“When the decree was read at the Church of Abba Mercurius, the Muslim sellers who were there and the dregs of the people assembled and said: ‘If we are all slain with one sword, we shall not allow anyone to place a stone upon a stone in this church’. So the patriarch returned to al-Mu‘izz with the news, and al-Mu‘izz became wrathful at this, and he rode at once with all his troops till he came to the place, and he halted and commanded the foundations to be dug. They were promptly dug and a large number of masons were assembled for the rebuilding and stones were carried to the site from every place by the order of the Caliph, and so they began to build the foundations at once.”

As Bishop Michael tells us the firm action of the Caliph seems to have enraged the Sunni clerics, who resolved to resist the hitherto unheard of kuffr[v] from a Muslim ruler, who dared to force the rebuilding of a church that belonged to the kuffar (unbelievers).  A showdown of strength is hereafter told:

“No one dared to say a word except an elder who used to lead in the prayers for those sellers in the mosque which was there. He it was who used to assemble the congregation and presided over them. He threw himself into the foundations and said: ‘I desire to die today for the Name of God and not to let anyone build this church’.

When the king al-Mu‘izz was informed of this, he commanded that stones should be thrown upon him and that they should build over him. When lime and stones were thrown upon him, he wished to stand up, but the assistants did not allow him to do so, since al-Mu‘izz had commanded that he should be buried in the foundations into which he had thrown himself. When the Patriarch saw this, he dismounted from his beast and threw himself before al-Mu‘izz and besought him on behalf of the elder until al-Mu‘izz commanded that he should be got up from the foundations. It was with difficulty that he managed to escape from them safe, after he had almost died.”

The story finishes by telling us that al-Mu‘izz returned to his palace, and “no one dared after that to say a single word till the rebuilding of the church had been completed.” We learn that not only the church of Abba Mercurius was rebuilt, but also the Church al-Mu‘allakah at Kasr as-Sam‘, and many other churches in Misr and Alexandria, which were in need of restoration.

It is well known that the Fatimid Period (969-1171) was the most tolerant period in Islamic Egypt until the dawn of the modern age.[vi] The Fatimids were Ismaili Shiite[vii] ruling Egypt which was composed then of Copts and Sunni Muslims, who were following two Schools of fiqh (Muslim jurisprudence), the Shafi’i[viii] and Maliki[ix] schools. Both Sunni schools had, and still have, strict rules to govern the building and repair of churches, which pose extreme difficulties on restoration of demolished or dilapidated churches. Some have tried to explain the extraordinary Fatimid tolerance by the need of the Fatimids to rely on the Copts to buttress their Shiite rule when they were numerically inferior to the Sunni Muslims. That may be true, but it does not explain things adequately: the Fatimids would have profited more politically, by gaining the approval of the Sunni Muslims, if they had reaffirmed previous strict arrangements in the matter of church building. No, I think the Fatimids were intrinsically tolerant. There seem to be no study on the religious writings on non-Muslims of the Ismaili sect in that age, and a study on this matter is seriously needed. But al-Mu‘izz was not only tolerant; he was also independent, by which I mean he did not allow himself to be held at ransom by the Sunni scholars, who could have threatened his rule. The religious opinion of the Sunni mob and cleric who opposed the restoration of Abba Mercurius Church did not matter too much to him, and did not dissuade him from enforcing a just decision. But al-Mu‘izz showed a third attribute – firmness. He was decisive and did not dither in taking a strong action, ensuring that his decree is carried out to the full in the face of the intolerant resistance that characterised the story.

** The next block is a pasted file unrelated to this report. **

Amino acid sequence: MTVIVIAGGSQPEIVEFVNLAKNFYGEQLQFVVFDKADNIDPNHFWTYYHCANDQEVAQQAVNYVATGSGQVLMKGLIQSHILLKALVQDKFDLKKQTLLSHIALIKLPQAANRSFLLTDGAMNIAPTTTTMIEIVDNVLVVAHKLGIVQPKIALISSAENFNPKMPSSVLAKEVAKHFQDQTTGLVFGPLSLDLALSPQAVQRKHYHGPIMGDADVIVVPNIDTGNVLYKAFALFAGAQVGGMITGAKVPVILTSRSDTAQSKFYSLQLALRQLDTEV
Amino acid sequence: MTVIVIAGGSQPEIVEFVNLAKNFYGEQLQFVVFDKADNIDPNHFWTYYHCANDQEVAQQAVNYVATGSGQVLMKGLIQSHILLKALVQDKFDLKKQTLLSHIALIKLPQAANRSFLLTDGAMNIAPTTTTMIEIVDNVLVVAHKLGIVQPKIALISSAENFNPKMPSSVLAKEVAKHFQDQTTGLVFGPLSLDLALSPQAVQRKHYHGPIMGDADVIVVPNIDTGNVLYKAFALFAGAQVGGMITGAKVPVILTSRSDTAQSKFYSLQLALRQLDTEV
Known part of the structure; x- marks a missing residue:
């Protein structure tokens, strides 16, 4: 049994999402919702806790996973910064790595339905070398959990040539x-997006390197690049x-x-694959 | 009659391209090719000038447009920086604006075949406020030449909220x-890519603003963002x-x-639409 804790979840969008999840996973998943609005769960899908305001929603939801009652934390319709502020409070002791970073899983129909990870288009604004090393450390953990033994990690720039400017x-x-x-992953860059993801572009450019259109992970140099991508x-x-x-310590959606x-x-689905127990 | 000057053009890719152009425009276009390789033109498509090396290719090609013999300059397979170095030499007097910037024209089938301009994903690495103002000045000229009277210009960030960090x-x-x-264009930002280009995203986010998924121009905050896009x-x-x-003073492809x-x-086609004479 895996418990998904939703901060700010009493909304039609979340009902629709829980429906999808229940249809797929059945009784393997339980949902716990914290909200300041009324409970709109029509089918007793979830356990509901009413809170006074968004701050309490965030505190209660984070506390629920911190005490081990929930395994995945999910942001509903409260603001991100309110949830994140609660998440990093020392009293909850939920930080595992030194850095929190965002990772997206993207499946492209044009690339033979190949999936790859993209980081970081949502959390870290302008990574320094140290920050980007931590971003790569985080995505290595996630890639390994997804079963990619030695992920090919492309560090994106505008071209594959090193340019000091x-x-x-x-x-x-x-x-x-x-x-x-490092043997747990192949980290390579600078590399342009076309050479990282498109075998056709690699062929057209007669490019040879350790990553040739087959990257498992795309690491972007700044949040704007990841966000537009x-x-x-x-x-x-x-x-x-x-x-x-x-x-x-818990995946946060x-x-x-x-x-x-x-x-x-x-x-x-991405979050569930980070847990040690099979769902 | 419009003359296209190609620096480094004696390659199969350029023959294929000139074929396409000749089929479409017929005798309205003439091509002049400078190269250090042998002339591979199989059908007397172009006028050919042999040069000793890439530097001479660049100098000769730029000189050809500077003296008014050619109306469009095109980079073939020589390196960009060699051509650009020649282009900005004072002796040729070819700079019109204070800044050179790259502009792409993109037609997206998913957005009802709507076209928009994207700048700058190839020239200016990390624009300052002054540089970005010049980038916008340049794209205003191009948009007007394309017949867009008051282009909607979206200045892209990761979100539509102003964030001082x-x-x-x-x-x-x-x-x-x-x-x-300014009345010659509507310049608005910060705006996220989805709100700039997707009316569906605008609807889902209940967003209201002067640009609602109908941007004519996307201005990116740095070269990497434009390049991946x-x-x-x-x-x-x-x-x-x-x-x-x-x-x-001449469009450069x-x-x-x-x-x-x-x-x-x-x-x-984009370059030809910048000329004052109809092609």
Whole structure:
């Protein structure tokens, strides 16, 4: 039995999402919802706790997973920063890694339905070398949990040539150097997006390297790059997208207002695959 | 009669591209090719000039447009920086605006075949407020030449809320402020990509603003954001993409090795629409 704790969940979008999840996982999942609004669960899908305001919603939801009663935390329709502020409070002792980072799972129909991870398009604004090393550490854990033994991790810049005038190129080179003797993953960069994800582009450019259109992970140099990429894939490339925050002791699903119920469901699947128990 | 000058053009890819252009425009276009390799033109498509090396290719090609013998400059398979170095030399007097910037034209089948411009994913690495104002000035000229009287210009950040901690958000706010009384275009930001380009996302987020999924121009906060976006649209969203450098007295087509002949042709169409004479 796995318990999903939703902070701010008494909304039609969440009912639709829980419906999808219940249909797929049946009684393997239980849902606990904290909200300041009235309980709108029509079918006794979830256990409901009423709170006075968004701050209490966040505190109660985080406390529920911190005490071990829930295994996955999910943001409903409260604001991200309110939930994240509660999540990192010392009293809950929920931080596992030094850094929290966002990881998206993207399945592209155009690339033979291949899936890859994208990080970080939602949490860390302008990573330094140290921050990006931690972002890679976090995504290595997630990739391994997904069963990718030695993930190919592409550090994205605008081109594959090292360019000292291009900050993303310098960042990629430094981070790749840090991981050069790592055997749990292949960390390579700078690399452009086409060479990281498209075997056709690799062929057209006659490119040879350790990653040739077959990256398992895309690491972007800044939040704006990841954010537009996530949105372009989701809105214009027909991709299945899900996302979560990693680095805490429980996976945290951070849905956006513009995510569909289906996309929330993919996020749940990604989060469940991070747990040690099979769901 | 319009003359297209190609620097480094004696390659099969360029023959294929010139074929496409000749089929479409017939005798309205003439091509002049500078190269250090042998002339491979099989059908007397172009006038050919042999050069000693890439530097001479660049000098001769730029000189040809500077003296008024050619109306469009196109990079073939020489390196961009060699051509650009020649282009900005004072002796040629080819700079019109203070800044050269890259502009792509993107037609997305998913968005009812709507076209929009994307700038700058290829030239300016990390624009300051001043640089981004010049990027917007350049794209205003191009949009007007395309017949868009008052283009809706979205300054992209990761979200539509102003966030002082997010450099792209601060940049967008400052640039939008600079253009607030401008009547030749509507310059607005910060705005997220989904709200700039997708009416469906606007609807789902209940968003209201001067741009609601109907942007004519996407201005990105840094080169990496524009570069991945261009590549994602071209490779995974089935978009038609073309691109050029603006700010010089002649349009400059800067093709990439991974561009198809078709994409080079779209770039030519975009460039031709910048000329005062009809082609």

These are then the three attributes of a great statesman, which the Fatimid Caliph al-Mu‘izz has shown abundantly: tolerance, independence, and firmness. It is sad that our modern rulers, whether Mubarak or Tantawi, have failed by comparison. While no one accuses them of being intrinsically intolerant, their weakness and fear of Muslim mobs and fanatic clerics paralysed them, and made them unable to take the right action when justice and fairness require them to do so.

It seems that in the scale of tolerance, Egypt, in the 21st Century, falls below the standards of the Fatimid age. How sad, and what a tragedy! And how uphill the struggle is, which awaits the Coptic nationalists!

[i] See Egyptian Army Consulted Islamic Clerics on Decision to Rebuild Torched Church (

[ii] Article 2 of the 1980 Constitution says: Islam is the Religion of the State. Arabic is its official language, and the principal source of legislation is Islamic Jurisprudence (Sharia).

[iii] Article 40 states: All citizens are equal before the law. They have equal public rights and duties without discrimination due to sex, ethnic origin, language, religion or creed.

[v] Unbelief.

[vi] With the exception of Al-Hakim bi Amr al-Lāh(996-1021), and intermittent periods in the second phase of the Dynasty, when Sunni wazirs incited or caused unrest for the Copts.

[vii] Ismaili Shiite are different from the Twelver Shiite, who are to be found mainly in Iran.

[viii] Most of Egypt.

[ix] Mainly in Alexandria.